both the lecture and laboratory. Remember, these are anatomical terms - use the anatomical
definitions from your BIO208 TEXTBOOK!! (Dont make up your own or use other sources for
terminology). More terms will appear in later sections.

Directional Terms: Please use pages 11-13 of your textbook to fill out this section.
Anatomical position
Medial

Lateral

Proximal



NOTE: This term IS used for the structures in the extremities.



NOTE: This term IS used for the structures in the extremities.

Superior

Distal

NOTE: This term is NOT used for structures in the extremities.

Inferior

Superficial


(closer to the surface of the body) this definition is okay too (but please also
write in your book definition)

Deep
Anterior


(furthest from the surface of the body) this definition is okay too (but please also
write in your book definition)

Posterior

Ventral

Dorsal

NOTE: This term is NOT used for structures in the extremities.

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Fall 2016

Use arrows to practice labeling the directional terms (from the previous page) on the
woman below:

QUESTION: Why is the p icture below NOT in full anatomical position?


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Bony Structural Terms: Please use pages 166-167 of your textbook to fill out this
section.

Fossa
Foramen

]
(What is the plural of foramen?)

Condyle

Sinus

Planes of the Body: Please use page 11 of your textbook to fill out this section.
NOTE: We filled in some terms for you. Please use the terms that we filled in if they are
there J
Extends through the body or organ vertically and divides the structure into right
Sagittal
and left sides (II to the midsagittal plane but either to the left or right of it)

Midsagittal

Extends down the midline of the body or organ vertically and divides the
structure into right and left halves

Coronal

Transverse

Identify the planes on the pictures below. Which of the four planes is not pictured?
Draw the missing fourth plane in on any of the figures below:

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Body Regions: Please use pages 13-14 of your textbook to fill out this section, indicating
between which two joints the specific body region is found.

arm (brachium)
forearm
(antebrachium)
thigh

leg

These terms will be used on lecture and laboratory quizzes & exams for the entire semester,
so commit them to memory now for your success!
[BELOW IS GOOD SPACE TO DRAW THINGS AND GLUE IN BLANK PICTURES TO LABEL!!]

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Osteology of the Appendicular Skeleton and Thorax



Anatomical Terminology: Please use your textbook to fill out this section (roots, prefixes,
and suffixes are on the very last page of your textbook behind the index).
NOTE: We filled in some terms for you. Please use the terms that we filled in if they
are there J

A joint
Articulation
Epi-

Infra-

Inter

Sub-

Sulcus

Narrow groove

Supra-

Identify the following bones and bony landmarks (structures located on a specific bone).
Some bones are marked with N to indicate that you must be able to differentiate
between the right side and the left side. All items are written in the single form; unusual
plural forms can be found in parentheses however, be sure to write the singular form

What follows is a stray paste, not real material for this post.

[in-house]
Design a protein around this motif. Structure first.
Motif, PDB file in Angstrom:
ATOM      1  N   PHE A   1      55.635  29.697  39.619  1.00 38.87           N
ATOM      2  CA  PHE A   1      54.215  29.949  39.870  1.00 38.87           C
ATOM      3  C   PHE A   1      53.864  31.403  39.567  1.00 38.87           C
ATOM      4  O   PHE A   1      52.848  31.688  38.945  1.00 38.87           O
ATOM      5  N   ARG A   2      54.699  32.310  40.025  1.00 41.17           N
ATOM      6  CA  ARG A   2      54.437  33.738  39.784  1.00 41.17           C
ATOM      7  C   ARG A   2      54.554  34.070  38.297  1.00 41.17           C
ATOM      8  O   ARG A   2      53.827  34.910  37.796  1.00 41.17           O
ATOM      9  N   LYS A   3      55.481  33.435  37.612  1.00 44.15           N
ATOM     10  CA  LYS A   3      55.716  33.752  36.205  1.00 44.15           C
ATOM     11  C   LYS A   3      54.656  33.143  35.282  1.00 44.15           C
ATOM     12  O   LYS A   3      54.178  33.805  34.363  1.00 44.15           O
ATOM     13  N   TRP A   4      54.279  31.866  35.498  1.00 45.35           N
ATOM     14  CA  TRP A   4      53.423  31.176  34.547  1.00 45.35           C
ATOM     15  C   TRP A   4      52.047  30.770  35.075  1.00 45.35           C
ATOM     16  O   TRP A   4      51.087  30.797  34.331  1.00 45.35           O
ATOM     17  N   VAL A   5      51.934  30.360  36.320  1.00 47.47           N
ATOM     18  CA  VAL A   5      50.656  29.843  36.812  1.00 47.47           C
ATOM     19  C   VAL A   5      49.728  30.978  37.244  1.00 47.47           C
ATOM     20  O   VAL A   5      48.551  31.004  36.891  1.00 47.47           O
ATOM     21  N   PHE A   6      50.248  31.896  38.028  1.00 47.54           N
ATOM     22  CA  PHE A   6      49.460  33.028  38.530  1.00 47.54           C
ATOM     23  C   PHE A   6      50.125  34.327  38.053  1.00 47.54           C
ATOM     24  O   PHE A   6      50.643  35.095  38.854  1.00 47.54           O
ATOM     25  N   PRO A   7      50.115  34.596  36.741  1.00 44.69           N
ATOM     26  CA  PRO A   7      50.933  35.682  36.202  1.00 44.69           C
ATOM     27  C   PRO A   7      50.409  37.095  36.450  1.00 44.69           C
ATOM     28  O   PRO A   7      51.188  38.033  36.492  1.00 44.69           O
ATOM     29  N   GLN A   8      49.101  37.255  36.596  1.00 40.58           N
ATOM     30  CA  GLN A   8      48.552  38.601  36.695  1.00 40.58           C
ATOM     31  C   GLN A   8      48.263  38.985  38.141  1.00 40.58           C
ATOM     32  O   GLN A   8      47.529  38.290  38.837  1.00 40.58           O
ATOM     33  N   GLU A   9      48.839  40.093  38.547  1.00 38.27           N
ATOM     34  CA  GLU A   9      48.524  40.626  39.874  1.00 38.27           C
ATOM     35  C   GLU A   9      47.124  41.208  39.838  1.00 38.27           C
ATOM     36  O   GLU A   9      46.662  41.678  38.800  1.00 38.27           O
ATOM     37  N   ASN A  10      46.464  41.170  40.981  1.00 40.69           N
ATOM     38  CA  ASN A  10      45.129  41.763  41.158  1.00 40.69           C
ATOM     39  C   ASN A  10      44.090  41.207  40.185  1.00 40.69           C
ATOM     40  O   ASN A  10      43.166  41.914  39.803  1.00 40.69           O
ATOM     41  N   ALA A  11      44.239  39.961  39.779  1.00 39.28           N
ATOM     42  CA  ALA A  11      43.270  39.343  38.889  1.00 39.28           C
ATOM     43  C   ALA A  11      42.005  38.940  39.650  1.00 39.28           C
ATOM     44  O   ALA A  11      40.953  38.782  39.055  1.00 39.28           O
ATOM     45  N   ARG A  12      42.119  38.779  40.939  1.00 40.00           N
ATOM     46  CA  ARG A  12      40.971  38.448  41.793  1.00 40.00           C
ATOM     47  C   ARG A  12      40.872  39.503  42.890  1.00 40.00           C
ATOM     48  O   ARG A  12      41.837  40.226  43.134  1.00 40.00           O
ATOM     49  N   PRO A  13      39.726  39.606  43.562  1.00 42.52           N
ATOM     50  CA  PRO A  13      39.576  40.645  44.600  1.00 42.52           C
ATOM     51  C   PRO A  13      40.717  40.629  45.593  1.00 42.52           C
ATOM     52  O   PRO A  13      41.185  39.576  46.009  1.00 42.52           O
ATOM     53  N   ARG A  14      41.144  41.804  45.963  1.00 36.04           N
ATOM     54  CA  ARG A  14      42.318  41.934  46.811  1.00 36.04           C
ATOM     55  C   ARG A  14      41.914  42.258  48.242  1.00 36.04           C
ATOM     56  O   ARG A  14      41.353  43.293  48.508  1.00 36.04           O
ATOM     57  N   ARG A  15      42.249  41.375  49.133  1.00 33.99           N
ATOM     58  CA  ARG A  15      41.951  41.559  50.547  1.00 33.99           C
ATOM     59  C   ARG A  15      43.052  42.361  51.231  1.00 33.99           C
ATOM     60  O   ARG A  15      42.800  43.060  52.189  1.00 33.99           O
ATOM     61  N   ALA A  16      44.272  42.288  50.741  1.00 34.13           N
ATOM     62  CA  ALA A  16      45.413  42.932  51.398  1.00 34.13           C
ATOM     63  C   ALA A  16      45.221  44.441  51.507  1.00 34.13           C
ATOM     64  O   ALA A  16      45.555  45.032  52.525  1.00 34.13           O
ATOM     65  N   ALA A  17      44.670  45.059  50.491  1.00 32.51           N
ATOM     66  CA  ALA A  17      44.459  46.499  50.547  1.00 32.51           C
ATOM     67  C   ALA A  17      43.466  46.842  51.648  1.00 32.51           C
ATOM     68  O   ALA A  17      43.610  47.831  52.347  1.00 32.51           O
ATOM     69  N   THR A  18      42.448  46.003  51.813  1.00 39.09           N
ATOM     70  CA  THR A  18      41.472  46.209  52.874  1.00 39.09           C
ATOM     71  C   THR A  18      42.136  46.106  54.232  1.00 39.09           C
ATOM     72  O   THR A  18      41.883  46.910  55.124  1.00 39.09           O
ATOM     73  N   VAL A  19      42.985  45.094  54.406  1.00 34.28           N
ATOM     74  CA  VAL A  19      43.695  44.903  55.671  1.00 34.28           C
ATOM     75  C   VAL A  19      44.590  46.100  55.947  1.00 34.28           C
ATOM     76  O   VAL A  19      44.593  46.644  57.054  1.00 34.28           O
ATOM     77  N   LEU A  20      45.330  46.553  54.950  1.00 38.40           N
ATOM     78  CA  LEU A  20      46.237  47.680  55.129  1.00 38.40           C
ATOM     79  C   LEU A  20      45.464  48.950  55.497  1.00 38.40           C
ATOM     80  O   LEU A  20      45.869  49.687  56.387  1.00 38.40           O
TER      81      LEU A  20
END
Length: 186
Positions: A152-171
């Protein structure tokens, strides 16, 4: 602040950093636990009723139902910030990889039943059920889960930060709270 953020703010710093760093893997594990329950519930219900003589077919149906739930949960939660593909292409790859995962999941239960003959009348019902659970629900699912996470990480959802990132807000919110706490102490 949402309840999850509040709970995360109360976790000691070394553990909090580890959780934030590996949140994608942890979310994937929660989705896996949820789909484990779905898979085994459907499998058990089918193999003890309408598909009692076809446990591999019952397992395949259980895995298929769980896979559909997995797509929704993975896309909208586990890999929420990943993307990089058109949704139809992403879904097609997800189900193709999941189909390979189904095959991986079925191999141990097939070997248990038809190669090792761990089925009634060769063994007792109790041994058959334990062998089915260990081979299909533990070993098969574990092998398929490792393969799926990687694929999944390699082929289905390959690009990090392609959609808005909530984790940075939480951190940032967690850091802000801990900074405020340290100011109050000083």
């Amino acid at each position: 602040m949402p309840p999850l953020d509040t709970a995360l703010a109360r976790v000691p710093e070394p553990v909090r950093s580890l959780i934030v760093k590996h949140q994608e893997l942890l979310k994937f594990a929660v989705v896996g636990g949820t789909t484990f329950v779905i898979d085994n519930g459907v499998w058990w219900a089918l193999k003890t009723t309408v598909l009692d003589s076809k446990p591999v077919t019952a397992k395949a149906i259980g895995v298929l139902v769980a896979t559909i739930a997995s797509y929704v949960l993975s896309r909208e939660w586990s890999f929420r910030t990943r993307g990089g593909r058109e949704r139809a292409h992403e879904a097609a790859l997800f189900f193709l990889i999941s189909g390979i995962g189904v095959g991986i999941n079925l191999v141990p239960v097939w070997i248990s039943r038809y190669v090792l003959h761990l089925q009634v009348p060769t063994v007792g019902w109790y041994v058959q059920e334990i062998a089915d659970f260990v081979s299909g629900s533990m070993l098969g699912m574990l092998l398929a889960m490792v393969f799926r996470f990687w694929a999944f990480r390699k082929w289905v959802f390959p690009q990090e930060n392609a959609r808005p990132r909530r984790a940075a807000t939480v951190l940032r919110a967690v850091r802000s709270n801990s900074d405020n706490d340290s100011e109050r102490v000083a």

when labeling (identifying) one structure.

On ALL lab quizzes and exams, to receive credit, you MUST write the bone name for each
bony landmark (structure on the bone). If you only write the landmark, or if you write the
correct landmark with the incorrect bone, your answer will be marked wrong L. This applies
to ALL structures, whether or not the bone name is written next to the bony landmark in
your lab manual.

Clavicle
Sternal end of clavicle
Acromial end of clavicle

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Fall 2016

NScapula

Spine of scapula
Acromion
Coracoid process
Glenoid cavity
Medial border of scapula
Supraspinous fossa
Infraspinous fossa
Subscapular fossa

NHumerus

Head of humerus
Greater tubercle
Lesser tubercle
Intertubercular sulcus
Deltoid tuberosity
Medial epicondyle of humerus
Lateral epicondyle of humerus
Capitulum
Trochlea
Olecranon fossa



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Ulna

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Fall 2016

Olecranon
Trochlear notch
Coronoid process of ulna
Styloid process of ulna

Radius

Head of radius
Radial tuberosity
Styloid process of radius

Carpals
Learn these eight bones as a group, not their individual names J

Metacarpals I-V

Phalanx (phalanges = plural)


Proximal phalanx

Middle phalanx
Distal phalanx
Pollex

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NCoxal bone
NOTE: The coxal bone is composed of three named bones: ilium, ischium, and pubis.
Acetabulum
Obturator foramen

Ilium

Iliac crest

Anterior superior iliac spine


Greater sciatic notch
Pubis

Ischium
Ischial spine
Ischial tuberosity

Pubic symphysis

Subpubic angle (pubic arch)


Pelvic brim



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NFemur

Head of femur
Neck of femur
Greater trochanter
Lesser trochanter
Linea aspera
Medial condyle of femur
Lateral condyle of femur
Medial epicondyle of femur
Lateral epicondyle of femur

Patella

Anterior surface of patella


Posterior surface of patella

NTibia

Medial condyle of tibia


Lateral condyle of tibia
Tibial tuberosity
Anterior border of tibia
Medial malleolus
Fibula

Lateral malleolus

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Fall 2016

Tarsals
In general, know these seven bones as one group called the tarsals, even though they each
have their own names. However, please learn the two tarsal bones listed below.

Calcaneus
Talus

Metatarsals I-V


Phalanx (phalanges = plural)

Proximal phalanx
Middle phalanx
Distal phalanx
Hallux


Sternum
Note: The sternum is composed of three named bones: manubrium of sternum, body of
sternum, and xiphoid process of sternum.

Manubrium of sternum

Jugular notch of sternum (suprasternal notch of sternum)

Body of sternum


Xiphoid process of sternum






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Fall 2016




Ribs